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Indiana BMV
File - Greenways Foundation specialty license plate
General Assembly

Specialty plate changes law

– Gov. Mike Pence signed one bill into law Monday that will more closely monitor specialty group license plates.

House Bill 1279 sets up a bipartisan panel of lawmakers to review plate requests. That group will give advisory recommendations to the Bureau of Motor Vehicles on whether a plate should be issued. The BMV can issue a plate even if the group has a negative recommendation.

But the agency can’t issue a special group license plate unless the plate has been reviewed and has been given a positive or negative recommendation. That means if the panel should tie on a vote, or never acts, the application is rejected.

Indiana has more than 100 specialty group plates the BMV offers to Hoosiers. An administrative fee goes to the state; nonprofits use the rest of the money to buttress their finances.

But legislators last year were upset over the issuance of a plate to a gay youth group – triggering legislative involvement in the system.

Groups must state clearly how the money raised will be used. And entities must fit one of several categories to apply – direct health care or medical research; fraternal or service organizations; government; military and veterans’ affairs; public and transportation safety; universities using money for scholarships; agriculture, animals and environment.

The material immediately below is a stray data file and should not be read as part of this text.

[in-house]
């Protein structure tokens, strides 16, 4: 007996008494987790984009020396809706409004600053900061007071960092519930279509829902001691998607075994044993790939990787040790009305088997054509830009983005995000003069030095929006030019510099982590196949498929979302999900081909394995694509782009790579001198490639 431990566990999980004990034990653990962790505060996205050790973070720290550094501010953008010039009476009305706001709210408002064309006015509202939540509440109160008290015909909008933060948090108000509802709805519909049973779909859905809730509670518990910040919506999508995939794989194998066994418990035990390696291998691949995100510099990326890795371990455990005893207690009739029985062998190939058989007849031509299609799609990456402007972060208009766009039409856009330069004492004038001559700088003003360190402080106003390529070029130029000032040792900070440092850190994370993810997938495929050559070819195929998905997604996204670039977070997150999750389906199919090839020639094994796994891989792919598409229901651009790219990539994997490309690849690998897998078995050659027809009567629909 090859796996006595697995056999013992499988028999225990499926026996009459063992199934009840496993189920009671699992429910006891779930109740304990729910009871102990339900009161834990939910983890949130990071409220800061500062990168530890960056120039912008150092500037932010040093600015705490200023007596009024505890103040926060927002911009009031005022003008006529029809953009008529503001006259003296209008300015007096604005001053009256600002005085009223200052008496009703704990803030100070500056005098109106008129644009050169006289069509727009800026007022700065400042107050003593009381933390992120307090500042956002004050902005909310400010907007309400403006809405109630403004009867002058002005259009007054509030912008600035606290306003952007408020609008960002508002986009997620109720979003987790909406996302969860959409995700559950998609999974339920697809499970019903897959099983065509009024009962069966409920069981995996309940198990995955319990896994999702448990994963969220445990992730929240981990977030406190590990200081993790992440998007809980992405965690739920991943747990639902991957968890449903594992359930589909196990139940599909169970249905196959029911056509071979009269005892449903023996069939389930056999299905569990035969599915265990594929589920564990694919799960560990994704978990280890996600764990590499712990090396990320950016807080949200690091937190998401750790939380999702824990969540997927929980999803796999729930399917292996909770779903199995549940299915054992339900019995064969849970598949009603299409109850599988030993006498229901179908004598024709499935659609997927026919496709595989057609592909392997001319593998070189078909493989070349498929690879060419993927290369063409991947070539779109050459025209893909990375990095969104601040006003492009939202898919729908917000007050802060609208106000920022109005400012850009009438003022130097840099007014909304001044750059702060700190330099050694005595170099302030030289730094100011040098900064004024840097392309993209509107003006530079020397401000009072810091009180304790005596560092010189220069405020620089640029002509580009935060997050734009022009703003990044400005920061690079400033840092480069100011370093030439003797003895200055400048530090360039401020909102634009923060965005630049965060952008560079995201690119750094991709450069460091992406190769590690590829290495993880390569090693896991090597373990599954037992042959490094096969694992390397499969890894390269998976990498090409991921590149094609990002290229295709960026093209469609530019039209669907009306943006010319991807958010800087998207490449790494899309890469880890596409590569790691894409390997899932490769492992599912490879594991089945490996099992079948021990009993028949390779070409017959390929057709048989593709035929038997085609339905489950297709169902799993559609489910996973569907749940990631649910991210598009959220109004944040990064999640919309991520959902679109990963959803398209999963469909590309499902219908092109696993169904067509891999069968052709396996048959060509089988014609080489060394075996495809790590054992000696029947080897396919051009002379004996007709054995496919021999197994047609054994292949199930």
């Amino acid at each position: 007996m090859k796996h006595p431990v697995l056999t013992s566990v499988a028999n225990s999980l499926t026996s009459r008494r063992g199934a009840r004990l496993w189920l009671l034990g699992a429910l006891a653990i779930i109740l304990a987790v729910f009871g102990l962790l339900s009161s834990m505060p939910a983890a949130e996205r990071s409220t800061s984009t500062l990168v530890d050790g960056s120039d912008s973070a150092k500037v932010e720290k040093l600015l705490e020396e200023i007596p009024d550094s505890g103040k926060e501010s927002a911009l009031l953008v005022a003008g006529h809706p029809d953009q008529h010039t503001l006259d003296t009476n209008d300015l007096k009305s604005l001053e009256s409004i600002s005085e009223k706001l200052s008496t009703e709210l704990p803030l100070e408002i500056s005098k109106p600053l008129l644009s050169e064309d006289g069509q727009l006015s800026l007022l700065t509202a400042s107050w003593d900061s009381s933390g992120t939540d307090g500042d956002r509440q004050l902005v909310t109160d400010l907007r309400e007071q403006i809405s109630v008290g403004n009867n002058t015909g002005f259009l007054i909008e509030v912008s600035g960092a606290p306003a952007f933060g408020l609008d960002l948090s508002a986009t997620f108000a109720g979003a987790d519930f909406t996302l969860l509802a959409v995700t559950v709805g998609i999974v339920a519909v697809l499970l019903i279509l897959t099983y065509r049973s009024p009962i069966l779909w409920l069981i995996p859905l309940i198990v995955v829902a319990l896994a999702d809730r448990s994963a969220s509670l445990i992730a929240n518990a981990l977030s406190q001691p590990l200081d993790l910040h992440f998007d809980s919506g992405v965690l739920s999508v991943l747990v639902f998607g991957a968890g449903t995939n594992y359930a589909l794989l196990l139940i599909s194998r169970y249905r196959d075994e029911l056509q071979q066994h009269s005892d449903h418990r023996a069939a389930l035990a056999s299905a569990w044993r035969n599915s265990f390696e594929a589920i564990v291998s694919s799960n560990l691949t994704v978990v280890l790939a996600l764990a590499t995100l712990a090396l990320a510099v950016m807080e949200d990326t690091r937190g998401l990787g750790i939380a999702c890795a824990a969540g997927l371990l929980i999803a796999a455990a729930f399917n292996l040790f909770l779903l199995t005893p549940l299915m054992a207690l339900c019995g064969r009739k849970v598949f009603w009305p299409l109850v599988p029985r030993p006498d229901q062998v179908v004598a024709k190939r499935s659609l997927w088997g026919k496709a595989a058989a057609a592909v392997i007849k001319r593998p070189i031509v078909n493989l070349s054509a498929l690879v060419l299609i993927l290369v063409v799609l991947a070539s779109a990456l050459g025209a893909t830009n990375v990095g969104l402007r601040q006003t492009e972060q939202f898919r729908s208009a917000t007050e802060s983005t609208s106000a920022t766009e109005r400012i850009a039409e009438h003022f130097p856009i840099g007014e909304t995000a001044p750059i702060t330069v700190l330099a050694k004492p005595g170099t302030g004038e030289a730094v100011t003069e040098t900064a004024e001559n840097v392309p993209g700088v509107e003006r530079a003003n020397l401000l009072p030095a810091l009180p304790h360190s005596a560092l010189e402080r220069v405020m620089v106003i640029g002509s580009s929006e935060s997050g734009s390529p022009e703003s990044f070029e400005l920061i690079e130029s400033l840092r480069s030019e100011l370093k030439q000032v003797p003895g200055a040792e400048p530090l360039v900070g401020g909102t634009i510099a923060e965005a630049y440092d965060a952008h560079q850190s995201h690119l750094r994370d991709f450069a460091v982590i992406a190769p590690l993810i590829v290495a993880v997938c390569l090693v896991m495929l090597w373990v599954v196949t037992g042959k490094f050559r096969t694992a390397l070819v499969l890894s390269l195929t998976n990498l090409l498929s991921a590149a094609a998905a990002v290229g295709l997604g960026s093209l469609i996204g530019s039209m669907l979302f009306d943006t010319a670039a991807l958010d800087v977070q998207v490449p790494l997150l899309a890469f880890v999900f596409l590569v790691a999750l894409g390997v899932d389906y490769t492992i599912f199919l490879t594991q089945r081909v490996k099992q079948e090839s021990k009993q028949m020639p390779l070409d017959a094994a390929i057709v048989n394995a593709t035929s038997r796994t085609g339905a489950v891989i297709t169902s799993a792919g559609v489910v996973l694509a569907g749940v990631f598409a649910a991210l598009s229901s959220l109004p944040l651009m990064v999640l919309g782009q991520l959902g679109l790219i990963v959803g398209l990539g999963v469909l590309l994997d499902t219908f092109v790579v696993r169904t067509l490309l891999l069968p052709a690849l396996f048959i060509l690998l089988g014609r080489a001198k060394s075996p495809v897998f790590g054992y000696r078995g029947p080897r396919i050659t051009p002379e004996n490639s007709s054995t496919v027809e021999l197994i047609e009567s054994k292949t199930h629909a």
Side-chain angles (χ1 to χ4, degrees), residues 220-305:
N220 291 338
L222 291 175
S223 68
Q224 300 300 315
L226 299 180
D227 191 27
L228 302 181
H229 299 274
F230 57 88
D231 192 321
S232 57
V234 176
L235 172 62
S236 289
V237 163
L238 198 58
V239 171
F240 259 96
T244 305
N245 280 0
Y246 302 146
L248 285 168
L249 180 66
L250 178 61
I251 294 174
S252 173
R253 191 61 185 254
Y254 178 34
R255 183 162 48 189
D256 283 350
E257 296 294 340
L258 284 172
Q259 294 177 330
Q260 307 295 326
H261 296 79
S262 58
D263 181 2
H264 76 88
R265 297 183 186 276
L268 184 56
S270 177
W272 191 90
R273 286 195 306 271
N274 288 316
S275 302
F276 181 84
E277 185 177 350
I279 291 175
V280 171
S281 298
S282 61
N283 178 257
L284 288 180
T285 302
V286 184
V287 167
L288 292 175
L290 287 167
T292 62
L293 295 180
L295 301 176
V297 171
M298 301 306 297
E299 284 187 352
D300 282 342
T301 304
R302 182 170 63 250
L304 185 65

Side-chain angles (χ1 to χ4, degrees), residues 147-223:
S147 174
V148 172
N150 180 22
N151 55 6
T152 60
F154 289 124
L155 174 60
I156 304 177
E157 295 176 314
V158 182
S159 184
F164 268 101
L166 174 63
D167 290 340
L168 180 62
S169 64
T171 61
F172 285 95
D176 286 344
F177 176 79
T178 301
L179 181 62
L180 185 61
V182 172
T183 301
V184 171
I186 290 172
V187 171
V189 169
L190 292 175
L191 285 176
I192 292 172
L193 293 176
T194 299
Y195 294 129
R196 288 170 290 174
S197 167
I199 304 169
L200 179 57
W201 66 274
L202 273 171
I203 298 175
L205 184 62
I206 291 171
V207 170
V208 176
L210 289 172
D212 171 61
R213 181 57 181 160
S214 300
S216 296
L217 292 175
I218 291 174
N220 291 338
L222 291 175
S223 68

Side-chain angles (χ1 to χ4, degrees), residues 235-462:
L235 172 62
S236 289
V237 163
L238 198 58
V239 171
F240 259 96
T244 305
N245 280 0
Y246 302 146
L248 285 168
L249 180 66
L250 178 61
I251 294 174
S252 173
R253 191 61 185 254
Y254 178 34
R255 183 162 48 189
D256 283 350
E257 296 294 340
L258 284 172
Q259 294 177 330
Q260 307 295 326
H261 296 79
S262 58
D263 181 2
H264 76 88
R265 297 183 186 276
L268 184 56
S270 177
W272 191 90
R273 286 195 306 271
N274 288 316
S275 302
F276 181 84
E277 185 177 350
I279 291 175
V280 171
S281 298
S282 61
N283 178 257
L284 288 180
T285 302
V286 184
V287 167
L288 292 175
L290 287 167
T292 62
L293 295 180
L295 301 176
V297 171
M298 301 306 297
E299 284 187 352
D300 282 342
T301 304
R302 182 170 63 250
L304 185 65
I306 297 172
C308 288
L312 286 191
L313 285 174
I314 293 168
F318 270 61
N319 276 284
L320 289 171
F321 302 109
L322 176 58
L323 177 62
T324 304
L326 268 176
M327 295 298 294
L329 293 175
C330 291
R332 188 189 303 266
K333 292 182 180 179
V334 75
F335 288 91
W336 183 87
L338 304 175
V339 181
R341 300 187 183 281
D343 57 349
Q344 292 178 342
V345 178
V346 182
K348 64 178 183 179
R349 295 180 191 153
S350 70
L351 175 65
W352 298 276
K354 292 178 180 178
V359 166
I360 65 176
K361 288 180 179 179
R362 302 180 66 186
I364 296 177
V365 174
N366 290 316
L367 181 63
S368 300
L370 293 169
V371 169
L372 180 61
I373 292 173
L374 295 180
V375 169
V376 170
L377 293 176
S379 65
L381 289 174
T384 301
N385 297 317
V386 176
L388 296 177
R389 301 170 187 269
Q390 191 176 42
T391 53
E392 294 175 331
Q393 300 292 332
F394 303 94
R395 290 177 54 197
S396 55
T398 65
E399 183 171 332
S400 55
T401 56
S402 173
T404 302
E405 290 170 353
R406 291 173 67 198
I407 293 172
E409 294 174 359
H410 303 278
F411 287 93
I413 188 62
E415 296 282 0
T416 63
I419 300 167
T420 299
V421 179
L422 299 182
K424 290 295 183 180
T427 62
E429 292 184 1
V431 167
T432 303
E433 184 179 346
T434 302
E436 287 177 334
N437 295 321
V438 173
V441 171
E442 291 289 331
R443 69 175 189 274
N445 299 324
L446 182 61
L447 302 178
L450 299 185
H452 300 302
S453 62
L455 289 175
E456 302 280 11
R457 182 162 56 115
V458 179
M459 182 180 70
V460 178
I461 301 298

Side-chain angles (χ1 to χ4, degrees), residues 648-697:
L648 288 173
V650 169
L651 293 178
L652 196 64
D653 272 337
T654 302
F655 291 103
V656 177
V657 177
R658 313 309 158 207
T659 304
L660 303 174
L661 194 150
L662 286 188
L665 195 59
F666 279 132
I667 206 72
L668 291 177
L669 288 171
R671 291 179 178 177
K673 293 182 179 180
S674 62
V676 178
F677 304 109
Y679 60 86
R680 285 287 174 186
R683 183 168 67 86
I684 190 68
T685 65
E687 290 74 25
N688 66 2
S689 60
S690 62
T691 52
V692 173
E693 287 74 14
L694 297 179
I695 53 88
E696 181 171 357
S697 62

Most of the legislation is effective immediately.

Pence chose not to sign House Bill 1070 – allowing it to become law instead without his signature. The measure allows Cloverdale and Fishers to implement a food and beverage tax.

Press Secretary Kara Brooks said “While Governor Pence supports the local control provided by the bill, he is not inclined to endorse this legislation that allows for a tax increase.”

nkelly@jg.net

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